Resilient Landscapes for Resilient Communities – Tanzania
This project assists communities on the Tanzanian island of Pemba become model eco-villages.
“Resilient Landscapes for Resilient
Communities” helps settlements on the island of Pemba get land, improve farming methods,
reforest nearby areas, and implement sustainable technologies. Its alternative energy micro-grid
improves lives while creating a model for cheap and efficient low-carbon electricity.
- 12,000 people in six villages targeted
- 100 women trained in building efficient stoves
- Built first primary school in village of Kokata, integrating sustainable technologies
Lush hills on the island of Pemba have been extensively farmed, including large clove plantations from past
eras. This agricultural history has left the legacy of land degradation that local communities struggle
The island remains largely undeveloped. Its isolation and lack of access to outside resources make
communities there – especially along the island’s eastern coral rag zone and isolated islets
off the coast – particularly vulnerable to climate change.
This project has implemented a number of measures toward transforming Pemba’s villages into exemplary
eco-villages. It has worked for communities to gain the titles to degraded government-owned land; it has
trained women on how to produce and sell efficient clay cook stoves; it helps link beekeepers to local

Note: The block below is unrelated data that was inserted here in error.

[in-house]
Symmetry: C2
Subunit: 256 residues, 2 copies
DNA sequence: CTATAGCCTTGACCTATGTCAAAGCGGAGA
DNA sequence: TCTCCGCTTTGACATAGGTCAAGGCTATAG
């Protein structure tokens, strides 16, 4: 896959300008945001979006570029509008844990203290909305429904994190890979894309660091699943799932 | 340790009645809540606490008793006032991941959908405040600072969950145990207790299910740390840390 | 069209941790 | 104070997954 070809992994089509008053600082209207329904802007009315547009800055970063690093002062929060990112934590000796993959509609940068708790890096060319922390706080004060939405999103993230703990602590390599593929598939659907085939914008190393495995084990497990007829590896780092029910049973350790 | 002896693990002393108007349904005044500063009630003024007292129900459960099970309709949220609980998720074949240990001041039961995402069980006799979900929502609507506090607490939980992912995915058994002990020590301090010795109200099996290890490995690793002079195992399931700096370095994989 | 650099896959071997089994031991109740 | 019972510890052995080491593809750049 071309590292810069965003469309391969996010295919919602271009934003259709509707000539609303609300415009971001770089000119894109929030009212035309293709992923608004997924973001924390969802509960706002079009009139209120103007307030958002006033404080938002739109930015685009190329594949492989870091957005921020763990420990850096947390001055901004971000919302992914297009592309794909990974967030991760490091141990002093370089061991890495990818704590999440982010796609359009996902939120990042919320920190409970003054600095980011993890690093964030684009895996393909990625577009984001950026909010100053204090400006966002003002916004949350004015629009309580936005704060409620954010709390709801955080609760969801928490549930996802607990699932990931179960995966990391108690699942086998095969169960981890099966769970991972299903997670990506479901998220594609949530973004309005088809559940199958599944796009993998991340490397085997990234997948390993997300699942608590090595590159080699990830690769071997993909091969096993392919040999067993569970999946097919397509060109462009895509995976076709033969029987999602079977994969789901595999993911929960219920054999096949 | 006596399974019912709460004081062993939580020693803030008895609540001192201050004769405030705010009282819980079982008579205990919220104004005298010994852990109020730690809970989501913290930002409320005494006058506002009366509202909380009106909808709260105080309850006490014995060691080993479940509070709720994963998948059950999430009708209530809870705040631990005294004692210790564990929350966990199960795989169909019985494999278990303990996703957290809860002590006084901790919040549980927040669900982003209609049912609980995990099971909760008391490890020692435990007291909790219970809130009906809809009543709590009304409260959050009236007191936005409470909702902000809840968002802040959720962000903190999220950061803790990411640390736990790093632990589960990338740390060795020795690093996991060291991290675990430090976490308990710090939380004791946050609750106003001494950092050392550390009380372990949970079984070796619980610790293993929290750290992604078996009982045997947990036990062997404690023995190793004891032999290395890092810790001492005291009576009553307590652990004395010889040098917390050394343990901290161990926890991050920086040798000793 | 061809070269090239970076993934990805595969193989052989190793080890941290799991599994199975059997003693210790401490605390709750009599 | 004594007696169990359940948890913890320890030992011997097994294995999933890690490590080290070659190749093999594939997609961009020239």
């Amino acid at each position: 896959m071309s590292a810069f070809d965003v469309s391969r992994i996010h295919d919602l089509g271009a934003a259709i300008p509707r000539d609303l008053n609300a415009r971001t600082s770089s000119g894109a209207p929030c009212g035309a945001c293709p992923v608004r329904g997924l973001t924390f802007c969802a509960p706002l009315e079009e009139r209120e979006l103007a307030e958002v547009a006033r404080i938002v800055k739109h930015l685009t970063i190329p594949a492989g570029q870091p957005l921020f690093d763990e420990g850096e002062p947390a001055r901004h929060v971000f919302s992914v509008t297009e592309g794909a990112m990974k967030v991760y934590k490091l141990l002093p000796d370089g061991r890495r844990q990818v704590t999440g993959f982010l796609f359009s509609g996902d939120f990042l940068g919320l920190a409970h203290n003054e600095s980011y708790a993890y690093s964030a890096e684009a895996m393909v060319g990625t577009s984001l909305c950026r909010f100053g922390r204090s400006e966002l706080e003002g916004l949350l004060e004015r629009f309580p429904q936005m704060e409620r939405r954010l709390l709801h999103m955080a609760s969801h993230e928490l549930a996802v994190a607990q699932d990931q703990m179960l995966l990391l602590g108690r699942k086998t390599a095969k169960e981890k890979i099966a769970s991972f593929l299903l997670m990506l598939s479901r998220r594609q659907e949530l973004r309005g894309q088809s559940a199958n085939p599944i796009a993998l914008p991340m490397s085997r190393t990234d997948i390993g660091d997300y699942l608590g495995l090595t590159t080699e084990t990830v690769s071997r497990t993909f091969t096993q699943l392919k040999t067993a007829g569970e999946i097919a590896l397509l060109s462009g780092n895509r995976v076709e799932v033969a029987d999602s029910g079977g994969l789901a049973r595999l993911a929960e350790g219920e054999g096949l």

markets for honey; it has reforested land and implemented permaculture activities like rainwater
harvesting. The initiative helped build the village of Kokata’s first primary school, which includes
an integrated rainwater catchment system.
Establishment of an alternative energy micro-grid forms the centerpiece of the initiative. Each household
is given a motorcycle battery and an efficient LED light bulb. A central charging station lights the
school, pumps and filters harvested rainwater, charges cell phones, and charges the motorcycle batteries
that are distributed to each household. Households then have light in the evenings and early mornings, with
batteries typically lasting a week before needing charge.
Helping the planet
The project’s numerous aspects provide many environmental rewards. Restoring forests helps the land
and water while sequestering carbon; efficient cook stoves reduce the demand for firewood, as does
producing charcoal briquettes from recycled biomass. Improved agricultural practices and permaculture
efforts also help preserve natural resources.
The quality of life, particularly for women, has gone up due to increased income, greater food security,
and more fuel saved while cooking. The garden plots around the community houses are fertile with compost
and produce fresh vegetables rich in vitamins and minerals. The micro-grid has enabled people in the
communities to charge cell phones locally and light their homes. The fuel-efficient cook stoves and
briquettes have grown into income-generating activities. Furthermore rainwater harvesting provides a cheap,
clean, and local water source.
Many of the efforts are low- to no-cost. Communities outside of the project sites have already requested
and received assistance, for example to reforest their degraded land. Another organization is already
seeking to replicate this system in other Pemba villages. Attaining success allows the project to continue
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